Our back yard isn’t particularly huge, but it has the illusion of size; our property abuts on a farm, separated by a barbed wire fence. So as soon as you walk out the back door, you see nothing but endless rolling hills and fields to the horizon. The farmer rotates horse corn and soybeans, but every couple of years he just lets this particular field lie fallow for some reason. He told my parents a while back that, during those seasons, they should feel free to hop the fence if they ever want to roam the outdoors or whatever. Which is great for them, but for me, it means a few acres of target practice.
I slip under the barbed wire. (Or, as it’s called in these parts, “bob wire.”) I don’t have any targets with me, nor do I have a destination in mind. I just sort of roam the field, searching for things that look interesting and/or challenging to shoot: A leftover stalk of corn, leaning and twitching in the breeze. A clump of moss humped like a turtle shell. A beehive hanging from a tree limb like a bloated bat.
I pretend I’m under attack, dodging and ducking as I take aim at random targets of opportunity. My breath comes rapid and harsh, and every time I threaten to drop into a flicker, I pull the trigger and the slam-bang of the blast shocks me back into the present before I can fall into the past. The sky echoes with my gunfire. It’s like I’m my own war movie, my own gang shooting, my own firing squad.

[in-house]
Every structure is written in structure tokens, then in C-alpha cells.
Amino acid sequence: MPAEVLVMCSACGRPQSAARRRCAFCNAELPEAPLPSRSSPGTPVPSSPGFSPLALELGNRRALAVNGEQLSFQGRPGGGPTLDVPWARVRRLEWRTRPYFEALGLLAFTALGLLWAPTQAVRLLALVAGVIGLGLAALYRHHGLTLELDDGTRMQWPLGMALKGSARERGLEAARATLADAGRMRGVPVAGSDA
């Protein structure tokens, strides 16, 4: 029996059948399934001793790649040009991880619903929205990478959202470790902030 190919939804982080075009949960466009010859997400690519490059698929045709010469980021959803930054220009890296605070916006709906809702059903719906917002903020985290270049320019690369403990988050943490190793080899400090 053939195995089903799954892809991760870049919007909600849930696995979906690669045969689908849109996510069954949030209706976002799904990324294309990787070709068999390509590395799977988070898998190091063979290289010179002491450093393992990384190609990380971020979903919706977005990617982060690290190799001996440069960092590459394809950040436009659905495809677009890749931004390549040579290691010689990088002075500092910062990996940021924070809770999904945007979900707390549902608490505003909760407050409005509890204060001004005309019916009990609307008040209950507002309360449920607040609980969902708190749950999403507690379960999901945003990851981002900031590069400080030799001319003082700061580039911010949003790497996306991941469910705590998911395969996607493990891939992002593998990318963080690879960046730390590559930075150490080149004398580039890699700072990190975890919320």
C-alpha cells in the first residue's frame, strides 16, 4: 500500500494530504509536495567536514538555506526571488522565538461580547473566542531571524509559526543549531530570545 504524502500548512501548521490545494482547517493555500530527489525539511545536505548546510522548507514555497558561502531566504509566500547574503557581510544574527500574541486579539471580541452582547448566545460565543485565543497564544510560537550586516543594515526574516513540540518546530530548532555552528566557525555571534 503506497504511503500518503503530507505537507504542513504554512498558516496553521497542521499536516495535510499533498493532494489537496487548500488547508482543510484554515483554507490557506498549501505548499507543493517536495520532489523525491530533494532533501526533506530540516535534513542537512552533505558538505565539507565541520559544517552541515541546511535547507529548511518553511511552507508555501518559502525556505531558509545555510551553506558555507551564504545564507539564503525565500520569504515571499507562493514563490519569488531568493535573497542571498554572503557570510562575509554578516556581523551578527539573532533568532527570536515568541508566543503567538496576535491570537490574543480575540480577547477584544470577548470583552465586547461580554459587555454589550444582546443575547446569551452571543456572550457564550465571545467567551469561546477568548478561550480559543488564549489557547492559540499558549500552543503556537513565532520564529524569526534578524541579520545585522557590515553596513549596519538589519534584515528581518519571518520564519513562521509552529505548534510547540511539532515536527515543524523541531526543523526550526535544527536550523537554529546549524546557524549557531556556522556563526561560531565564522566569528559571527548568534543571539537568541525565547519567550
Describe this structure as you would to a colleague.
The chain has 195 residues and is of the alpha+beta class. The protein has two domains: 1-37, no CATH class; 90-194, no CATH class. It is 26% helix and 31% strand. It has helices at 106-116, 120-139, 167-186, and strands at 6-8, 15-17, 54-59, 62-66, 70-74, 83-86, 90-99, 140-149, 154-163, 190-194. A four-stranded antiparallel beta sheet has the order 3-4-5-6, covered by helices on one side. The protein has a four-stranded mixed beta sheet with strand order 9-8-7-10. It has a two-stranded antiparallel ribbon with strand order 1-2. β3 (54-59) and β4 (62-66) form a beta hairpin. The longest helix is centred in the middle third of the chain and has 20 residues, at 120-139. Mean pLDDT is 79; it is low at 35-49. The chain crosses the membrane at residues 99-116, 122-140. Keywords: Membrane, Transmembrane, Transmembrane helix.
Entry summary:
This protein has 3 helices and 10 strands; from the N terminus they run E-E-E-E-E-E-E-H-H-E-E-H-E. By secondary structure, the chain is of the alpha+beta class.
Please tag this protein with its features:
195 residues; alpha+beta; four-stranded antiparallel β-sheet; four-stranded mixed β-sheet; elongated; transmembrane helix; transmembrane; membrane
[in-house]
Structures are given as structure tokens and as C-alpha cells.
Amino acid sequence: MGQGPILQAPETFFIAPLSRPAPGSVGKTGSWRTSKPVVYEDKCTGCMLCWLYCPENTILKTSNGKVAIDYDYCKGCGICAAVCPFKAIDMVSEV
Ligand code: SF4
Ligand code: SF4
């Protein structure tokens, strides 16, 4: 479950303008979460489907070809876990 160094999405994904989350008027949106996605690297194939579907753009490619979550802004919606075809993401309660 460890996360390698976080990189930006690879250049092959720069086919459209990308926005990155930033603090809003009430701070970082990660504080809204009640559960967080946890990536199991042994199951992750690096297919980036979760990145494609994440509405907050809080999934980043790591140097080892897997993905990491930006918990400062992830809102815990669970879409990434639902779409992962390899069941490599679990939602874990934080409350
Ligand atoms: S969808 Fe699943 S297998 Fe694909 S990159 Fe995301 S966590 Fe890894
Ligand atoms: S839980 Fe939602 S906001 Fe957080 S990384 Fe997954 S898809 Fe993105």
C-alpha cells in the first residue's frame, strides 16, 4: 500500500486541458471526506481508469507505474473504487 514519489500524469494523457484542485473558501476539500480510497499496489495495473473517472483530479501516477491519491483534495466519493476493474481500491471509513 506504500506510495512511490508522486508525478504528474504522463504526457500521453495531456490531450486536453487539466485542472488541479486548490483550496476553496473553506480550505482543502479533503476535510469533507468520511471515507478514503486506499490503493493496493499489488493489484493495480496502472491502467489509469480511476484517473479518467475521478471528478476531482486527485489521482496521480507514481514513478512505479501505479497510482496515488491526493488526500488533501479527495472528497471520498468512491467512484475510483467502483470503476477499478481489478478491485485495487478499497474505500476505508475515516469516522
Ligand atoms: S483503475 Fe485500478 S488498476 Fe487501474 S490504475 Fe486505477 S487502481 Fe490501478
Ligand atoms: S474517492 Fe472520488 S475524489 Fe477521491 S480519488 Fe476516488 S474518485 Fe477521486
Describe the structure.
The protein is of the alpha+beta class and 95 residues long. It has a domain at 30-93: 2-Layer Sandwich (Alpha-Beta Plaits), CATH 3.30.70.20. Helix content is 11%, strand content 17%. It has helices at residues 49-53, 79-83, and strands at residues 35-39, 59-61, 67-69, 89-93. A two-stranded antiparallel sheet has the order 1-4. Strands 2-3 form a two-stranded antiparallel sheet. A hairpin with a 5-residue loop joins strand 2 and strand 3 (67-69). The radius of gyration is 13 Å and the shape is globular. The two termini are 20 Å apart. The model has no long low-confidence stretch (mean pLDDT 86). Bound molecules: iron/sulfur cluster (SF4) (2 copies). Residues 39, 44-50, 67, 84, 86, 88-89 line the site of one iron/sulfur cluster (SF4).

I catch movement out of the corner of my eye and I stop, dead in my tracks. The movement arrests.
I turn my head slowly, looking down to the ground. A grayish-brown rabbit perches there, stock-still, its ears perked up. Its nose twitches. It stopped moving as soon as I did. It has its head cocked so that one of its weird, side-mounted eyes is fixed on me.
I lower the rifle just a bit and sight down the barrel. The rabbit stays frozen, clearly thinking it’s invisible. But it’s not.
Bang. Pow. Explosion of blood and fur.
No. No. I don’t pull the trigger. Of course not.
Instead, I tilt the rifle up and fire a shot into the air, screaming at the same time. The rabbit hauls ass, spinning and darting away, its little white cottontail winking like an eye as it vanishes into the distance. A part of me wants to run after it, chase it down to its hidey-hole, and beg it to let me crawl in and stay there, warm and safe underground.